The one with the least success thus far is probably Freddie Prinze Jr. I believe he was originally in line to become the next Keanu Reeves, but his time might have passed to supplant Reeves in the roles in which solid acting and even facial expressions are not necessary. Prinze Jr. has chosen some poor roles since this movie, especially with a recurring role in the Scooby Doo franchise... yikes!

Other cameos from semi-stars you might recognize are Bridgette Wilson (Mrs. Pete Sampras), Johnny Galecki (known for his roles on Roseanne and the clever comedy The Big Bang Theory), and even Anne Heche, who seems grossly out of place with these younger stars.

In the end, they made a sequel to this film, which they only made because of the success of the original. The cast and popularity of these teenage / young adult actors is what sold this movie... not the plot or storyline. I also discovered that they made another sequel sans Hewitt - probably a straight to video type of thing, but hopefully, with some nudity. Hey, you gotta have a positive somewhere... this is a 14-A horror movie. Back when I was 17, this was a total rip-off.

Monday, September 21, 2009

Movie #132 - Spaceballs

"May The Farce Be With You."

You have to hand it to Mel Brooks. He took one of the biggest franchises in movie history in Star Wars and made one of the most clever spoof comedies. Not only was Brooks able to accomplish such a feat, but he used a large movie production budget and was very respectful to the Star Wars franchise in the jokes that were told.

This is definitely how movie spoofs should be made. The Airplane franchise is another set of movies that does it right. More recently, the disastrous movies such as the ones made by Jason Friedberg and Aaron Seltzer are horrible. Poor examples of super spoofs in which every movie of the summer is made into a spoof segment of the film. Stay away from these films.

Mel Brooks did it right with this film. The cast is remarkable in the use of top actors of the 80's such as John Candy, Rick Moranis, and Bill Pullman. Also, the other cast members are pretty good too such as Daphne Zuniga, Dick Van Patten, and Joan Rivers. Mel Brooks is also in this film along with some clever cameos from John Hurt and George Wyner.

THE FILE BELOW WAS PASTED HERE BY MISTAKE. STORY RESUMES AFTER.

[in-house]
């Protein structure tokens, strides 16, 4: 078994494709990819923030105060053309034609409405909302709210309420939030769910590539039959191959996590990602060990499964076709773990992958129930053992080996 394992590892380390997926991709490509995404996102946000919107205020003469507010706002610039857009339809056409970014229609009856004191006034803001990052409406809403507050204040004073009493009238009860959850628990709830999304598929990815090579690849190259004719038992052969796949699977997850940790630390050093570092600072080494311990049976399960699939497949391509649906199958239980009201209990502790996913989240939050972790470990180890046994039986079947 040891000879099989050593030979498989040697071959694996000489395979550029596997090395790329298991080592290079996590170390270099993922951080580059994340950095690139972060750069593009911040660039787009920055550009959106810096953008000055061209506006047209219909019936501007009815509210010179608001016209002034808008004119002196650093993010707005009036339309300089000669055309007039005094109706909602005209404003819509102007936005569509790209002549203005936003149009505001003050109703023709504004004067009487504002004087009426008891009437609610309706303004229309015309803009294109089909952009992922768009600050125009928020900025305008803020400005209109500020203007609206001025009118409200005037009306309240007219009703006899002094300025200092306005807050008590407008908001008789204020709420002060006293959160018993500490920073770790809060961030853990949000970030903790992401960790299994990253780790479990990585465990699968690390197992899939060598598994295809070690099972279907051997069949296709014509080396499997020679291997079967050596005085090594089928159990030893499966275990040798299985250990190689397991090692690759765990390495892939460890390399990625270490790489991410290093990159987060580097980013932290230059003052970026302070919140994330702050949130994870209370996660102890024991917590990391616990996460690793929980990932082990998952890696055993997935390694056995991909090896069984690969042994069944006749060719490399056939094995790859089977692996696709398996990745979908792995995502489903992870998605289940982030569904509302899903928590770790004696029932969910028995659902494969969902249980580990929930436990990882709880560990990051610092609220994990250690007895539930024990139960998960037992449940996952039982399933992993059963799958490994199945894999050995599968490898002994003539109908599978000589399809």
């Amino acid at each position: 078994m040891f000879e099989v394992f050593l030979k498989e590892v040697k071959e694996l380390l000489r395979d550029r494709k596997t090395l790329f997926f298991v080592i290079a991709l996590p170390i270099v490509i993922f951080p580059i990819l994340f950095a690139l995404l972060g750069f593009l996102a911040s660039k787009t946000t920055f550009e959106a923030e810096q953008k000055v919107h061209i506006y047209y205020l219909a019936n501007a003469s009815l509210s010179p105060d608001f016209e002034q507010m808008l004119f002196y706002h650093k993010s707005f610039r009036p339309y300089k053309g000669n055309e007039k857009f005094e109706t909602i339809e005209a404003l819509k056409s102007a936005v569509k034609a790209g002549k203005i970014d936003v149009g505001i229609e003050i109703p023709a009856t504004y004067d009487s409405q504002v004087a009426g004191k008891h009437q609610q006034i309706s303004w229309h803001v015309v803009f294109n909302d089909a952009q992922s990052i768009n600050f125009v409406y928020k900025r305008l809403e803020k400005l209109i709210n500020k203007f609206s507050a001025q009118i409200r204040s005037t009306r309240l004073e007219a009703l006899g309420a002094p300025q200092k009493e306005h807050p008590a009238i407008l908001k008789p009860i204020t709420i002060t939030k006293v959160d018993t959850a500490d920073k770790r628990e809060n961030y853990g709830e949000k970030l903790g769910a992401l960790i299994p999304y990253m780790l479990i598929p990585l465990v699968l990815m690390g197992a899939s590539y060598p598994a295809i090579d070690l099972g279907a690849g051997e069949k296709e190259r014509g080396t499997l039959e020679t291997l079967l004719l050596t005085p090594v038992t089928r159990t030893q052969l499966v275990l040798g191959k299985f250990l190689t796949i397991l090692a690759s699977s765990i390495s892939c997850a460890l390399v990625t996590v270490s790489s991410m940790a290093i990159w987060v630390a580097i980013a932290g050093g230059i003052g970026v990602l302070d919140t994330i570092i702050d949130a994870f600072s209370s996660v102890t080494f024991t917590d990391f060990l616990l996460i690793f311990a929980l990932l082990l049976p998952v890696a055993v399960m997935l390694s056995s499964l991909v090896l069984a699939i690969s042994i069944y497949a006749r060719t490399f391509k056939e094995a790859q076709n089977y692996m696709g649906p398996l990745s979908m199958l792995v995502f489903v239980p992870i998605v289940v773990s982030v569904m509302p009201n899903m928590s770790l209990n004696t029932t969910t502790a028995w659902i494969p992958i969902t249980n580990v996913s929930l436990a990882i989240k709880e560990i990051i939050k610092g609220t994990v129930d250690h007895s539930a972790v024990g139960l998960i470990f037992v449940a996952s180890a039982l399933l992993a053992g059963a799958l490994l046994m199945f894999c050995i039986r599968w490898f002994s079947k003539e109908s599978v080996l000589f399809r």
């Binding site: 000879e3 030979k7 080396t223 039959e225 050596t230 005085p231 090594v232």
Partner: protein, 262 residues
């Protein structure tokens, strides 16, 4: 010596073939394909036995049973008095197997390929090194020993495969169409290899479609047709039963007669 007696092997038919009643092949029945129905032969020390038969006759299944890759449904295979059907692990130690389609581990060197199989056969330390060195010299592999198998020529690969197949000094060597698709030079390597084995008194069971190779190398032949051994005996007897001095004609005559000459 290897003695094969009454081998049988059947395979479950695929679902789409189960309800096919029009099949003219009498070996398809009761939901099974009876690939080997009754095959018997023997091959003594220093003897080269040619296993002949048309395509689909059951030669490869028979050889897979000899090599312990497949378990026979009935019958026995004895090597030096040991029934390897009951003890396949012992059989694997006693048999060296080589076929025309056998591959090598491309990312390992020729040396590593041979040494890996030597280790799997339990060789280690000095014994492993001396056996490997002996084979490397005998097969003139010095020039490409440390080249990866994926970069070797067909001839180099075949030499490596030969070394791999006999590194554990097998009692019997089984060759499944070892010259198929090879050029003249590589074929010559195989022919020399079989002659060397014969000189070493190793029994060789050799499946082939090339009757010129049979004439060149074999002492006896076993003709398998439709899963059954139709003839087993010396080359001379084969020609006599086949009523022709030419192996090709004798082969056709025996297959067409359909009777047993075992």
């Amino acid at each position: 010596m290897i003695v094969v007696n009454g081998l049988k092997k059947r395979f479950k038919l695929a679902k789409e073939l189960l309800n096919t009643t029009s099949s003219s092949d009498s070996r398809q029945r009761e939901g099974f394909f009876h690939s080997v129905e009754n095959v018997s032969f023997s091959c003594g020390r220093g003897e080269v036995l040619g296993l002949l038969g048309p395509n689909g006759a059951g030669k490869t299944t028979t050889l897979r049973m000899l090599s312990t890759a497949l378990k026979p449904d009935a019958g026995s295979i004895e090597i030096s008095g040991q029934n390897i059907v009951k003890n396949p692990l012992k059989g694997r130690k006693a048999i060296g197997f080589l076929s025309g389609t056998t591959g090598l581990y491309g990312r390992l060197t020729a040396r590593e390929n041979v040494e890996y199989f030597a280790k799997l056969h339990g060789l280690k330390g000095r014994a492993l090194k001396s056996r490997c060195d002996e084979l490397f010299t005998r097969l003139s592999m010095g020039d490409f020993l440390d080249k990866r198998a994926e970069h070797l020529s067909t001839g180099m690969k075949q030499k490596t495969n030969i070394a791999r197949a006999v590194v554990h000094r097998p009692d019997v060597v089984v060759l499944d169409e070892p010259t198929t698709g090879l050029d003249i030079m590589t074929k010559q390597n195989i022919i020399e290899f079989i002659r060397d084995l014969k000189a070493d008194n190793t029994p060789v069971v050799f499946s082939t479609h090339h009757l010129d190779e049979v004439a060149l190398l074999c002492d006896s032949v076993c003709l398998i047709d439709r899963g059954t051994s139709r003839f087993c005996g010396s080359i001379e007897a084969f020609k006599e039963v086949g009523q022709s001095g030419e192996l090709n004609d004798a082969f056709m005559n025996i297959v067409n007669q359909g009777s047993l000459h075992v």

Of the Brooks films, this is one of his best. I appreciate his brand of humor, because its creative and unique. He utilizes a basis for his plot, but takes the film into a whole new direction, telling an entirely different story that is only loosely based on the original film.

For you Star Wars fans out there... you'll love the use of various references from the franchise such as the Schwarz instead of the Force, Yogurt instead of Yoda, Dark Helmet instead of Darth Vader, and Pizza the Hut instead of Jabba the Hutt. Overall, Star Wars fans should enjoy this movie, not only for its farce comedy, but for the efforts made to pay homage to the original franchise.

Friday, September 18, 2009

Movie #131 - The Siege

"On November 6th our freedom is history."

I recently caught this 1998 film by Director Edward Zwick, and I noticed how prophetic this film was. Released three years before September 11, 2001, a day in which similar attacks on the U.S. was orchestrated by terrorists, Zwick's film discusses a number of major issues related to government policy and reactionary measures made during the fictional terrorism threats to New York City.

The reason this film was so compelling was that I watched it in 2009, during the post 9/11 era. Looking back, the reaction of the government and the paranoia that ensues in the film is quite similar to what the U.S. and other first world countries decided to do in order to combat terrorism.

Martial law was a very close reality for Americans and the threat that they faced in the days, weeks, and months after 9/11 were real. Zwick's commentary to how society would crumble and the removal of constitutional rights and freedoms on its own citizens due to racial profiling is still abundant today, albeit to a lesser extent. However, shortly after 9/11, this was a reality for many people and thus, this film is a must see for how accurate the commentary truly was.